Friday, October 14, 2005

What Do you Know?

A recent survey conducted by the National Constitution Center sought to figure out how much Americans know about the US government. Before I give you the results, test yourself. How many of the following questions can you answer correctly (answers at the bottom of the page)?

1. When was the US Constitution written?
2. How many voting members are there in the House of Representatives?
3. How many years are there in a Senate term?
4. How many years are there in a Representative's term?
5. How many Senators are there in the US Congress?
6. What is the introduction to the Constitution called?
7. How many branches of the federal government are there?
8. Where was the US Constitution written?
9. What are the first ten amendments to the Constitution called?
10. Who nominates the justices of the Supreme Court?

I have to admit, I did not know how many voting members are in the House of Reps. The majority of Americans didn't know it either. According to the NCC website :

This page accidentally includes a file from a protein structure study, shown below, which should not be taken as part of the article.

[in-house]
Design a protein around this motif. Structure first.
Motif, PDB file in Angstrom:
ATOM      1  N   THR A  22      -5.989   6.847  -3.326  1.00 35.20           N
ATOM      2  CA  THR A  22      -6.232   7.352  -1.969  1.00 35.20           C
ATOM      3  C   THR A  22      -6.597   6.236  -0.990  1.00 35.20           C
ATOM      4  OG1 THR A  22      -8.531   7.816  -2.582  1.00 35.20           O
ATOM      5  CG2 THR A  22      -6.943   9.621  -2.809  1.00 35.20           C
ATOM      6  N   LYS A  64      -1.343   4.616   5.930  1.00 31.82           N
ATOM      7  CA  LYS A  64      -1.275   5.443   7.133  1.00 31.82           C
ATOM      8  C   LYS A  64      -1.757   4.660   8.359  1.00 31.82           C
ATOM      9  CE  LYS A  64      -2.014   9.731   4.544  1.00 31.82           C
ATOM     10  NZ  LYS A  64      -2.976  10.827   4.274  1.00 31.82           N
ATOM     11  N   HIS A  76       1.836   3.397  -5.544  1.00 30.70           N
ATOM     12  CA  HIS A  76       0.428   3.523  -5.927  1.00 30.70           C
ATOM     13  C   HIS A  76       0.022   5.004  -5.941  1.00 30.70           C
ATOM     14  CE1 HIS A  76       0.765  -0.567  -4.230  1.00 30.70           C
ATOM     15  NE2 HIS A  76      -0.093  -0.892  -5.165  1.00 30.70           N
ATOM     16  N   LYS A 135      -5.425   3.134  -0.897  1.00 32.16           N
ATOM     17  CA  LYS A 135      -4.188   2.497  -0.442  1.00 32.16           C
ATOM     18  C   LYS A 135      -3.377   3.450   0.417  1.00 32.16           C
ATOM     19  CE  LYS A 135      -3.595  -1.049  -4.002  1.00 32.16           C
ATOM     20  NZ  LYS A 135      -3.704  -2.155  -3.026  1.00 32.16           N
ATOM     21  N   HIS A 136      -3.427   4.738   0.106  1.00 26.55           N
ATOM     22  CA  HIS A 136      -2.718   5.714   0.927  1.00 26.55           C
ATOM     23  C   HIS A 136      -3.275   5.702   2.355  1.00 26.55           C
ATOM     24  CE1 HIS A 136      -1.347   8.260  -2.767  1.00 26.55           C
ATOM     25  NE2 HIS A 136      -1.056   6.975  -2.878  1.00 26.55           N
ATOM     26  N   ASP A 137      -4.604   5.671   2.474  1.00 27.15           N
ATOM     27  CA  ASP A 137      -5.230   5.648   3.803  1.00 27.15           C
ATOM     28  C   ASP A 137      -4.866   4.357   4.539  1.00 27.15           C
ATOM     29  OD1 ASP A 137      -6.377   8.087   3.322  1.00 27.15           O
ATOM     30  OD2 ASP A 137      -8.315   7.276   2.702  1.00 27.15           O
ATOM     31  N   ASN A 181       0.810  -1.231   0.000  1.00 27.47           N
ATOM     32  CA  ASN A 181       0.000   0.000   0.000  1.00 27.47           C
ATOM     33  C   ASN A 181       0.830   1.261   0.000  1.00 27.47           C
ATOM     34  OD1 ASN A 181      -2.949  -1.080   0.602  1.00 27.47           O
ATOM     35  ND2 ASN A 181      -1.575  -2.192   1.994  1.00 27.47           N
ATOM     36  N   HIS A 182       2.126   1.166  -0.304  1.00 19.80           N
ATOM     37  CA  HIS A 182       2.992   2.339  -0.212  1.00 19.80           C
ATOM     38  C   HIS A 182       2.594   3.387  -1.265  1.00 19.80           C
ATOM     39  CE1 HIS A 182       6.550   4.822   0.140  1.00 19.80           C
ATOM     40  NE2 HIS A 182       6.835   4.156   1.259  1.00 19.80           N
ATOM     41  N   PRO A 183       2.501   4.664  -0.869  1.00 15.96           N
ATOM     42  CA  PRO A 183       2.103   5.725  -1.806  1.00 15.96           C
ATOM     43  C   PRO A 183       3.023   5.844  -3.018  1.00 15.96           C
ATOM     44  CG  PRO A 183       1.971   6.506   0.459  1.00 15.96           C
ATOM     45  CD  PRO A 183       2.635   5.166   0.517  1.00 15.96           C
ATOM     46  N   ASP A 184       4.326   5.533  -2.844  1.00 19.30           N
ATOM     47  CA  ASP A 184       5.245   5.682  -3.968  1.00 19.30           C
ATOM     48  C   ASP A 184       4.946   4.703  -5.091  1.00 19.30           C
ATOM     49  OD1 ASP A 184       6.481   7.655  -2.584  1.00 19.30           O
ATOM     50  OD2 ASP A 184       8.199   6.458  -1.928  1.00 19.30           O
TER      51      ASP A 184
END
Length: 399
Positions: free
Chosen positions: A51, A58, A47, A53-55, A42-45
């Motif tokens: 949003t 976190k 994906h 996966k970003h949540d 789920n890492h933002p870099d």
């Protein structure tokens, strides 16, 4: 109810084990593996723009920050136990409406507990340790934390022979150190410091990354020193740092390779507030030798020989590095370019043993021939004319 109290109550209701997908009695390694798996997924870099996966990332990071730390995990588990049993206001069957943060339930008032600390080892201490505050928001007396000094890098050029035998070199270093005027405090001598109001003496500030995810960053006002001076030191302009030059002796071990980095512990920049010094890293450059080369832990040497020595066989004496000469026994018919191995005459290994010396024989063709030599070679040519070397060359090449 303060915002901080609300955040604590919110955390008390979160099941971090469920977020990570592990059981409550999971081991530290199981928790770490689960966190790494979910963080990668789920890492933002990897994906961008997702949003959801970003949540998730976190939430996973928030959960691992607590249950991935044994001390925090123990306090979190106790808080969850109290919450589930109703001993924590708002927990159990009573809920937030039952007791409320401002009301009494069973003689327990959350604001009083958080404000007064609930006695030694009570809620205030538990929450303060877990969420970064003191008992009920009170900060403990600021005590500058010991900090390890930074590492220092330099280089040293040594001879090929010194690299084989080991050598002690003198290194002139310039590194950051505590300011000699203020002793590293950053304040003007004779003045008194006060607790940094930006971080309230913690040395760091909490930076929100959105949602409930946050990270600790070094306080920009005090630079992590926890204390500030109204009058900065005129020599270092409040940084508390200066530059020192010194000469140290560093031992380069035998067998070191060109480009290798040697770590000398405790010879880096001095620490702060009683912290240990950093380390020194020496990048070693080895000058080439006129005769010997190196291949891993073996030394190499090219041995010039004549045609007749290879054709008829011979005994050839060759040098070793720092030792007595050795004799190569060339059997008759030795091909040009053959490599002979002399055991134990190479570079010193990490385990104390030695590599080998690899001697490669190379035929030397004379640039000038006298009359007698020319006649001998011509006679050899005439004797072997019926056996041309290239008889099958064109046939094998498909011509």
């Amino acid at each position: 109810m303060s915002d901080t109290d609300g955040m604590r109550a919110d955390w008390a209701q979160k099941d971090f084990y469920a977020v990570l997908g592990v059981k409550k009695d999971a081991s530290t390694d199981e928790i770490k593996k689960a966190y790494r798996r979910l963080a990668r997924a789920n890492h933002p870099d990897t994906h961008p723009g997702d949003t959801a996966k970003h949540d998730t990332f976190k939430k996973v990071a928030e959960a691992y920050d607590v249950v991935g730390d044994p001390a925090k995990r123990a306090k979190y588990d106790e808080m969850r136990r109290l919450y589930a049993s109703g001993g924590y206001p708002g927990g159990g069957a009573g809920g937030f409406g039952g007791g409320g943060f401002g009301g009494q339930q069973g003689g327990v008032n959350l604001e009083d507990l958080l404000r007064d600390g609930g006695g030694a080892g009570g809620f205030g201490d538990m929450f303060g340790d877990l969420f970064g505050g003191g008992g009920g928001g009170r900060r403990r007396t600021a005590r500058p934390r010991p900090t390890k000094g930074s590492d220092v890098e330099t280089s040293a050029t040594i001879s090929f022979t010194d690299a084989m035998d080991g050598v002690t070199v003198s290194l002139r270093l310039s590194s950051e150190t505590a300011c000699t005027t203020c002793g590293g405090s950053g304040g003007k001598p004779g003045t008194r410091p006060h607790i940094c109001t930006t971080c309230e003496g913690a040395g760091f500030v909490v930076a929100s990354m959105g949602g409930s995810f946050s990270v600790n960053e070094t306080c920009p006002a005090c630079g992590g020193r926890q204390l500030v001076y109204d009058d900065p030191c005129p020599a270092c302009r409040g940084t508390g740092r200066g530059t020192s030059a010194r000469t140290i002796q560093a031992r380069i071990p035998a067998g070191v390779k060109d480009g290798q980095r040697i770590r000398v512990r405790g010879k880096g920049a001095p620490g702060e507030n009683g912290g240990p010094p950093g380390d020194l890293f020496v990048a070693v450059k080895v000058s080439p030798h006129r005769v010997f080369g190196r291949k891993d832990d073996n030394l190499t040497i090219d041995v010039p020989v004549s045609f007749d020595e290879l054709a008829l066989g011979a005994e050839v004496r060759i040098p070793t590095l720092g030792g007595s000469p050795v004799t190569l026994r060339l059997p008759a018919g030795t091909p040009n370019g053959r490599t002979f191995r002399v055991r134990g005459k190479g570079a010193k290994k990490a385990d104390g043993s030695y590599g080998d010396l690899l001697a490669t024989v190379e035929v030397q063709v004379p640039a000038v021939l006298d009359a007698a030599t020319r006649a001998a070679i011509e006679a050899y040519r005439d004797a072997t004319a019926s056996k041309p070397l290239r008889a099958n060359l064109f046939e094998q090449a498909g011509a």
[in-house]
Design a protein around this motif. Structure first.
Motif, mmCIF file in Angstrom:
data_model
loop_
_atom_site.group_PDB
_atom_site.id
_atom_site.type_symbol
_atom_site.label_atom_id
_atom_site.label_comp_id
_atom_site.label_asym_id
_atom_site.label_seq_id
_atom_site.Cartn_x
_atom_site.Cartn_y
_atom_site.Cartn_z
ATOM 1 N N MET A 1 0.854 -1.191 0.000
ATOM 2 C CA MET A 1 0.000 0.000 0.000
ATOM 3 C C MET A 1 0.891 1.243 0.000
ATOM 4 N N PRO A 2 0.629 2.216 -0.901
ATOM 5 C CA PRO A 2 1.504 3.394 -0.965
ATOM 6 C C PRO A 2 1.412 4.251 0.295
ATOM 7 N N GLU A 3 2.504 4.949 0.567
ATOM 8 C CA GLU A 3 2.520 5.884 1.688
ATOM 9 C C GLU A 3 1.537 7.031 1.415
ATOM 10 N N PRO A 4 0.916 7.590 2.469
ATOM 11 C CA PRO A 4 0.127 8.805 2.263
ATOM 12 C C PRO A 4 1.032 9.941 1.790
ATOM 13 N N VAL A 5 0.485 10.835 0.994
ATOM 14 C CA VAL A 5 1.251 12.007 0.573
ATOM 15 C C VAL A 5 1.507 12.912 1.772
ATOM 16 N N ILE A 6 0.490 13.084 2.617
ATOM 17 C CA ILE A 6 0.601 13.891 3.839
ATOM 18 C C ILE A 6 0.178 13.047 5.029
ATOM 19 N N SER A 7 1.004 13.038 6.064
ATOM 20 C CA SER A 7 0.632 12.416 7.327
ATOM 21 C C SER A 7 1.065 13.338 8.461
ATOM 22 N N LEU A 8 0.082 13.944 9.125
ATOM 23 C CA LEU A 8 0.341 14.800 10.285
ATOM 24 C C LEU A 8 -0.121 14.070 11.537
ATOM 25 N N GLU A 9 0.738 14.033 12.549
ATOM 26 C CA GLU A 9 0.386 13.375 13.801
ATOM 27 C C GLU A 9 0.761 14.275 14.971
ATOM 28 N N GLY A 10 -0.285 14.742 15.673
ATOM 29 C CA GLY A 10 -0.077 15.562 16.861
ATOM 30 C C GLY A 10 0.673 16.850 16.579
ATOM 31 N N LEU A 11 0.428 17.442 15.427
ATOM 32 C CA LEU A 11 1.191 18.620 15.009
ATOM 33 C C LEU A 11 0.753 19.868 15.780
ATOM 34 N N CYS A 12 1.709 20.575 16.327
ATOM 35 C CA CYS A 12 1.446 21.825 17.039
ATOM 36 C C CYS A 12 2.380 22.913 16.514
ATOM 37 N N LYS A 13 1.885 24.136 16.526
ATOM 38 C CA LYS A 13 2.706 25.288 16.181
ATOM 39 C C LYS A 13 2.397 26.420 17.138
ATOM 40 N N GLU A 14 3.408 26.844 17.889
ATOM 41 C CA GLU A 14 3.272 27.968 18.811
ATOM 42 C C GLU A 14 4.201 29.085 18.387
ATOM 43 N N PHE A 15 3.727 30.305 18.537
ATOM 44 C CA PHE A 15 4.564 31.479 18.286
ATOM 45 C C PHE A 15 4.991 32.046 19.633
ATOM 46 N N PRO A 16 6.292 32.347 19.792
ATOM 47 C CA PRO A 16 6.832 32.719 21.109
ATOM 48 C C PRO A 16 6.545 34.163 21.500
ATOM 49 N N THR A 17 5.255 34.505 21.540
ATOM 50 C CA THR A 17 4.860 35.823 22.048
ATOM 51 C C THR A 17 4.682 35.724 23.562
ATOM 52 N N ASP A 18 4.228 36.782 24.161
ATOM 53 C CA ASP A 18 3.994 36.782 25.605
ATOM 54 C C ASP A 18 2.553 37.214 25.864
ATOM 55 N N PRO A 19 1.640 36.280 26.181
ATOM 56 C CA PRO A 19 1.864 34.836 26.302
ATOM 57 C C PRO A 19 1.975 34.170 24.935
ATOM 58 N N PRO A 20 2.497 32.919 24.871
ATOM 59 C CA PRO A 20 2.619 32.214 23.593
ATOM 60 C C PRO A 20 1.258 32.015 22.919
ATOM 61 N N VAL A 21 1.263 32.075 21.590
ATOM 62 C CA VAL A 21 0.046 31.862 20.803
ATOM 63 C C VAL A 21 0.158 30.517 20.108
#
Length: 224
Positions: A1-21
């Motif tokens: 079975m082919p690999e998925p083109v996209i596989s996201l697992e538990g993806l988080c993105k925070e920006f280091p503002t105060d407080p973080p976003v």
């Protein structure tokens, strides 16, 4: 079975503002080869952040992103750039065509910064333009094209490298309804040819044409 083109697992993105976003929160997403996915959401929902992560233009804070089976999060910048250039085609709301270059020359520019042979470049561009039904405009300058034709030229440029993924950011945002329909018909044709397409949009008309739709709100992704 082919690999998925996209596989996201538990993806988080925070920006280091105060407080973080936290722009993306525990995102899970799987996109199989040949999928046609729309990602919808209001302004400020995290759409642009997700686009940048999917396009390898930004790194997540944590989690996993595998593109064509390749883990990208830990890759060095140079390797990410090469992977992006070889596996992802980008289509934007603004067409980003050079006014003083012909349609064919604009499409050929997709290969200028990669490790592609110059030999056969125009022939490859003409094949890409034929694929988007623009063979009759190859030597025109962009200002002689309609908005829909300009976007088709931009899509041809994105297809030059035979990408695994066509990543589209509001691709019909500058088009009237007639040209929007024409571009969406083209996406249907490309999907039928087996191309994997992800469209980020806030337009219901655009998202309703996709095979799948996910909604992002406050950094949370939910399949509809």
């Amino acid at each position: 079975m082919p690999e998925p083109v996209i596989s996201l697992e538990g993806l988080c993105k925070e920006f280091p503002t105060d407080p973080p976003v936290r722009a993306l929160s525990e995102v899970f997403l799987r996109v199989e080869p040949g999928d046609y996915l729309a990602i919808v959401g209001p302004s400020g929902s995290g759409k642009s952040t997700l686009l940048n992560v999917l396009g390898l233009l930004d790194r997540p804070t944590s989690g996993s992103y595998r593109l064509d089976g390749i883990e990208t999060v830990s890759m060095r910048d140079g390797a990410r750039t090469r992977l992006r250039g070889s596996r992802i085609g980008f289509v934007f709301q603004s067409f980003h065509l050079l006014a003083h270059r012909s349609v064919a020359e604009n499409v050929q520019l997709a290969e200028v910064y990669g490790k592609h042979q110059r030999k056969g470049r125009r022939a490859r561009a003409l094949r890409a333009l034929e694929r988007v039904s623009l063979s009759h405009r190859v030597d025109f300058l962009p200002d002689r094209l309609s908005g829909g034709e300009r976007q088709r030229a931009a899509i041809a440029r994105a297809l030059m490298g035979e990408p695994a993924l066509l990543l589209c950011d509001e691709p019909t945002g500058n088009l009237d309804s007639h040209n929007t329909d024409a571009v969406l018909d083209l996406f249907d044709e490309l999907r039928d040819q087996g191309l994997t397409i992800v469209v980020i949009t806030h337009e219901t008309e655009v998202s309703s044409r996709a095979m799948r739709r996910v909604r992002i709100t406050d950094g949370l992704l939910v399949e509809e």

91% of Americans believe that the U.S. Constitution is important to them; and
84% believe that to work as intended, our system of government depends on active and informed citizens, BUT;
More than half of Americans don't know the number of Senators;
About 1 out of 3 don't know the number of branches of the Federal Government;
1 out of 6 believe that the Constitution establishes America as a Christian nation;
20% believe that only lawyers can understand the Constitution;
Almost one-quarter cannot name a single right guaranteed to us by the First Amendment; and
84% believe that the U.S. Constitution is the document that states that "all men are created equal", thus confusing it with the Declaration of Independence.

In fact, only 5% of Americans can answer all 10 questions. 45% of Americans answered between 0 and 4 questions correctly. My favorite responses are that some people believe that the constitution was written in France, and others that the first ten amendments to the constitution are called the Pledge of Allegiance.

Here are the real answers:
1. 1787
2. 435 voting members of the House(although I maintain that the DC rep can vote on some things...Just not war)
3. 6 years
4. 2 years
5. 100 senators
6. Preamble
7. 3 branches
8. Philadelphia
9. The Bill of Rights
10. The president

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